The local Tories were desperate to jump on the bandwagon, trying to claim some credit for the announcement.
Tim “Nice But Dull” Pollard, the leader of Croydon Conservatives, stated publicly that the grant had been allocated by someone he called “Said David” (Craig David’s not so well-known brother perhaps?), with a bit-part played by Gavin Barwell, the local MP and junior minister in the Department for Communities and Local Government where the Secretary of State is someone called Sajid Javid. Someone might want to point that out to Dullard.
Thing is, the money was allocated to Croydon by Coast to Capital, out of a £66million pot of funding provided by Whitehall.
“Coast to Capital evaluates applications for funding and its board makes a recommendation to government under the government growth deal programme as to which projects should be funded,” a Coast to Capital spokesman told Inside Croydon.
“Government then makes a total award to Coast to Capital which the board then decides how much to allocate to what project.”
So Barwell’s role in the whole thing will have been less-than-minimal.
In fact, it was the Labour-run council which had submitted a bid for funding, for more than twice as much money, and more than a year ago – before the Halls were closed.
“We’ve got to keep asking, and asking for more,” one Katharine Street source said today. “Fairfield Halls deserves the investment. It was starved of serious money being spent on it for far too long.”
Indeed, under Pollard and the Tories, third-party funding for the Fairfield all but dried up for the eight years they were in power until 2014. A perfectly workable scheme for refurbishment which they inherited was shelved, leaving the venue to slowly rot for lack of investment.The Tories could not even manage to help the Halls get any decent Arts Council funding towards its music and drama programmes, and eventually their Philistinism resulted in Croydon being kicked out of the Museums Association after Pollard led the council to act unlawfully in the sale of the Riesco Collection of ceramics from the Museum of Croydon.
Pollard even made a pig’s ear of that auction, achieving barely half of the value of the artefacts than he had promised, losing the Croydon public millions of pounds in cash and squandering a public inheritance.
The Coast to Capital millions announced yesterday comes at no similar loss to the culture and heritage of Croydon.
“The new projects to be funded will help to improve the daily lives and prospects of local people and, working closely with partners, we will be able to unlock the region’s potential for long-term growth by kick starting schemes which will provide the stimulus to bring forward more homes and jobs,” said Jonathan Sharrock, the well-regarded chief executive of Coast to Capital.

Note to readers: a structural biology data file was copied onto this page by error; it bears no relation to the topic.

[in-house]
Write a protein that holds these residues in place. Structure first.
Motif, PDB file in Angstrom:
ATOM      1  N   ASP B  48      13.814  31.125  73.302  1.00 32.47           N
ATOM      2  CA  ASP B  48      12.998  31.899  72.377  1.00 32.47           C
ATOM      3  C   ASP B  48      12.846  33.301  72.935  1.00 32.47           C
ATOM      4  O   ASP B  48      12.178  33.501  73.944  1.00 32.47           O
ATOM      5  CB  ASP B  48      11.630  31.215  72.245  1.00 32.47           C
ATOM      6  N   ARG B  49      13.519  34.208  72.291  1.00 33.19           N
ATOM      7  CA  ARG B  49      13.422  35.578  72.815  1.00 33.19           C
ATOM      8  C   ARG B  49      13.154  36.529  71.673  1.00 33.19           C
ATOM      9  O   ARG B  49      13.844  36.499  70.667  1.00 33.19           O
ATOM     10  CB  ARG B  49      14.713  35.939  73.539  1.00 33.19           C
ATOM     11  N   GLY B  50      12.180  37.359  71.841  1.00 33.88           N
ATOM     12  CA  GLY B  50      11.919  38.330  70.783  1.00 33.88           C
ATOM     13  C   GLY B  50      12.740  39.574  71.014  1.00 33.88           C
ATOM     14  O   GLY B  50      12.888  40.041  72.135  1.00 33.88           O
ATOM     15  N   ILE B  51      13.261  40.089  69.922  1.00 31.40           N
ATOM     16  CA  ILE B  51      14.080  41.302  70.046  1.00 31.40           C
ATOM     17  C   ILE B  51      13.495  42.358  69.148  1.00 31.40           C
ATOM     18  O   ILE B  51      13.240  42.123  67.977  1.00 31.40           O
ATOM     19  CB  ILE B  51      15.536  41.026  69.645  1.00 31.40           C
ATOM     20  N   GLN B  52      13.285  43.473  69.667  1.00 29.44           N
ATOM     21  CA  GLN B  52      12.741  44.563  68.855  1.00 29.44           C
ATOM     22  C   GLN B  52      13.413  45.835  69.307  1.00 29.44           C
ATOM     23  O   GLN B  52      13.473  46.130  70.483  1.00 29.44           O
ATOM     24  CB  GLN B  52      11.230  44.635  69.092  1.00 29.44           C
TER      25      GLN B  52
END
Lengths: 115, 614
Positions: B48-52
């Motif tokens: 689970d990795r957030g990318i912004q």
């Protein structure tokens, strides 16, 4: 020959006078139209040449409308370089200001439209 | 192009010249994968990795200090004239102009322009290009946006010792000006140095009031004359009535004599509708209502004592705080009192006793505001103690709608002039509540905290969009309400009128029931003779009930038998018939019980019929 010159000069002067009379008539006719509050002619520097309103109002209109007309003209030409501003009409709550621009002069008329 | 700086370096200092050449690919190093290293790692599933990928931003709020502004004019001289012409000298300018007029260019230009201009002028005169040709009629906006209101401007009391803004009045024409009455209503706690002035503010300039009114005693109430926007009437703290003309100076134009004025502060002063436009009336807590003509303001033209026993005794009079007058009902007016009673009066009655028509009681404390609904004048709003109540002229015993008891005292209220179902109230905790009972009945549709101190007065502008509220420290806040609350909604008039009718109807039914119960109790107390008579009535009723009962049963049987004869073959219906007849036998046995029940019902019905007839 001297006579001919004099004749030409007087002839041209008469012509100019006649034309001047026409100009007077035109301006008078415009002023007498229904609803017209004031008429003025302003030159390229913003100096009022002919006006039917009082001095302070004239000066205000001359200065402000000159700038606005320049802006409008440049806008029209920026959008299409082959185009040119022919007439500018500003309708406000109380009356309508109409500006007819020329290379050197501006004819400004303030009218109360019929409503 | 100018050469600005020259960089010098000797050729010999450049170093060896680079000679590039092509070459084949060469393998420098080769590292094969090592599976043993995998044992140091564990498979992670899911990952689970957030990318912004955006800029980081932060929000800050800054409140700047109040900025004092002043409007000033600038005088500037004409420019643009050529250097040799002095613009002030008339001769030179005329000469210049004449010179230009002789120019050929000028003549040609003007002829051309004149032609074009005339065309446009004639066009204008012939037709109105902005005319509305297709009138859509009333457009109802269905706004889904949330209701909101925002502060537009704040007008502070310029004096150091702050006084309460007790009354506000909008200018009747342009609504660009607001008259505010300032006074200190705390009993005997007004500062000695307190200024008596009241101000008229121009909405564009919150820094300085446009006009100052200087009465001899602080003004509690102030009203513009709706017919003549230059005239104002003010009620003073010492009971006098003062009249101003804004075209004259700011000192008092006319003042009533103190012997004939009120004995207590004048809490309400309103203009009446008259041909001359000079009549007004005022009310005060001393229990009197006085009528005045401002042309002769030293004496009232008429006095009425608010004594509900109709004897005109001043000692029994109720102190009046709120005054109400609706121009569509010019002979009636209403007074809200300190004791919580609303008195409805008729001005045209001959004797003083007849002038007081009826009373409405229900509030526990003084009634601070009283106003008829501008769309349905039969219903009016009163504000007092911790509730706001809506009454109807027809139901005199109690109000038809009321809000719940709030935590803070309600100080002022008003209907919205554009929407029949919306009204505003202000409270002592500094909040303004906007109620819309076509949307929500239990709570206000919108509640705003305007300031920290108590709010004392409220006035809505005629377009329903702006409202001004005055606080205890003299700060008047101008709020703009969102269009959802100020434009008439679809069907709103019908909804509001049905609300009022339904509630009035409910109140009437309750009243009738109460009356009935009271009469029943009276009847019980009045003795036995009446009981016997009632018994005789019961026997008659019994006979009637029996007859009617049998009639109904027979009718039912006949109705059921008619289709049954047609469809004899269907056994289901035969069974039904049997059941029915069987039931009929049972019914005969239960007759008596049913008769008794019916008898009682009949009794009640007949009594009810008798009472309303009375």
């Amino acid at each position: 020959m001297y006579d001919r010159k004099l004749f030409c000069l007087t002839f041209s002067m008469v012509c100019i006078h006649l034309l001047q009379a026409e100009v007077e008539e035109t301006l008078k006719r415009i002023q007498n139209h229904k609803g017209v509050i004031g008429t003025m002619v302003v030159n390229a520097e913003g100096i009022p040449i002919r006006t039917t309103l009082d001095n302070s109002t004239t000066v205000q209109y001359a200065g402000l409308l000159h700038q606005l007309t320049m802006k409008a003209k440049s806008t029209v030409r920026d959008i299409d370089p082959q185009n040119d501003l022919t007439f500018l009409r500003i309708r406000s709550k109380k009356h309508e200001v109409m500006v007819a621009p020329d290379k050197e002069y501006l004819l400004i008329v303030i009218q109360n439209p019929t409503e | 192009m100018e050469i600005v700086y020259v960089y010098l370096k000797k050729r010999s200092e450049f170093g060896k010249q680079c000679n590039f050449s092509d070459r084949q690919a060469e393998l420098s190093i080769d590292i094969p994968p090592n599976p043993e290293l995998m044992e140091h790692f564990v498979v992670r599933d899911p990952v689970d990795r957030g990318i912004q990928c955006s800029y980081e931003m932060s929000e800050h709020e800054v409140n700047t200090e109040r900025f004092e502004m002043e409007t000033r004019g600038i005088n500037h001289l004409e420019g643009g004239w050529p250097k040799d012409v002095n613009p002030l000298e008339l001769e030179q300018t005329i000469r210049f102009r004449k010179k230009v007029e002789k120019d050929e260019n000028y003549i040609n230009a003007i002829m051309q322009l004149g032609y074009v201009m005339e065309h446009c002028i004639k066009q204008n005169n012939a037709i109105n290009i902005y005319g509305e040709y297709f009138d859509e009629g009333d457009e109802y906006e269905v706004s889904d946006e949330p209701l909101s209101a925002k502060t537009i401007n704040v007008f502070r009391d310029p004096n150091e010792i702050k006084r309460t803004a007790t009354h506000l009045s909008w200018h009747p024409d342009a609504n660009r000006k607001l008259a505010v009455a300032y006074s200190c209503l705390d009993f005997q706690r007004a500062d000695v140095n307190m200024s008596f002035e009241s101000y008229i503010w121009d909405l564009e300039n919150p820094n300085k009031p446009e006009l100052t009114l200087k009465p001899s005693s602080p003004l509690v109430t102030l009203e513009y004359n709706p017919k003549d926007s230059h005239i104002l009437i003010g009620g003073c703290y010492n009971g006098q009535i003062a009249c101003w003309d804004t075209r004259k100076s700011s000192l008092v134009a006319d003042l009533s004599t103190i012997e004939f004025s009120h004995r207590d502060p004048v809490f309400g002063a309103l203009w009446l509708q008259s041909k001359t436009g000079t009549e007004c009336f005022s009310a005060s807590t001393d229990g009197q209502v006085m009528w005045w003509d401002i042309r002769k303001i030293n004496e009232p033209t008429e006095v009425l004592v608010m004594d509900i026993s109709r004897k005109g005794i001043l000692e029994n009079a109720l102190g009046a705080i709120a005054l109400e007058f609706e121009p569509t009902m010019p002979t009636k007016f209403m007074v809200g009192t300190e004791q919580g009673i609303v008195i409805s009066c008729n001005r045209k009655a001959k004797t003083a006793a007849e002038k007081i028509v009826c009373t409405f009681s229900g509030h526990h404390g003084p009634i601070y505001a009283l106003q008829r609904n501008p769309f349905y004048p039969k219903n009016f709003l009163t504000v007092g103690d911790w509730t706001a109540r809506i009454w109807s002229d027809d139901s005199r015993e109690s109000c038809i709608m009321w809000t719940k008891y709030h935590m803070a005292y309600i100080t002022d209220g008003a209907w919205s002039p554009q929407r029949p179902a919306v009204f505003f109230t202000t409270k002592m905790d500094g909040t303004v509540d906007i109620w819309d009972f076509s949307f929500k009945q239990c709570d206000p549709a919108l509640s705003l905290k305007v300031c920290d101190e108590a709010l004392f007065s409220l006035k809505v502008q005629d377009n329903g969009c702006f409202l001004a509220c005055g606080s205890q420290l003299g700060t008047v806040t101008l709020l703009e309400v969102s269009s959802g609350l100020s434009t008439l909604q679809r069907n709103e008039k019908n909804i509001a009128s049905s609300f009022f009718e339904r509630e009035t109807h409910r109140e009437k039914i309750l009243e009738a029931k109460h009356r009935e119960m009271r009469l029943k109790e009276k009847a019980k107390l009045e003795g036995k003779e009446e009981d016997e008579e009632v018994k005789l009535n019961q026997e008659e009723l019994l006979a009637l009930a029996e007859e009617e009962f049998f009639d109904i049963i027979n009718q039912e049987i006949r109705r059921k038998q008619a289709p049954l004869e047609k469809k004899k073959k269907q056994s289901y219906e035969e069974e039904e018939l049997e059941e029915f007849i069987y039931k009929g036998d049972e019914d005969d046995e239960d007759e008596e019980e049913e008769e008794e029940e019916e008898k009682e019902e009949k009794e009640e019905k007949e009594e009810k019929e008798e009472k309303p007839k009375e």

What is less clear is where this chunky bundle of funding fits into the £30million budgeted scheme for Croydon College, College Green and hundreds of flats to be built around the site, and which has seen the Fairfield Halls closed last summer. Much of the funding for the scheme was understood to depend on the profits from the sale of homes, and therefore dependent on the sometimes volatile housing market maintaining premium prices.
Yesterday, the council described the Coast to Capital grant as “a huge vote of confidence” in the project.
With an accompanying video which appears to have been recorded in such a rush that council leader Tony Newman did not have time for a proper shave (perhaps he’d been out on the lash with his mates from Boozepark the night before?), the council press release said, “The project will see this under-used area reconnected to the rest of the town centre and transformed into a stunning new cultural quarter for Croydon and the south-east.”
The council statement did at least offer some timelines on the progress of the works, which were originally supposed to be completed in 24 months from the Halls’ closure.
“The first phase of the College Green regeneration – the refurbishment of the Fairfield Halls – is already underway, with contractors preparing the site for the main structural works to start in May. The detailed planning application for the first phase is due to go before committee later this month (23 February),” the council press release said.
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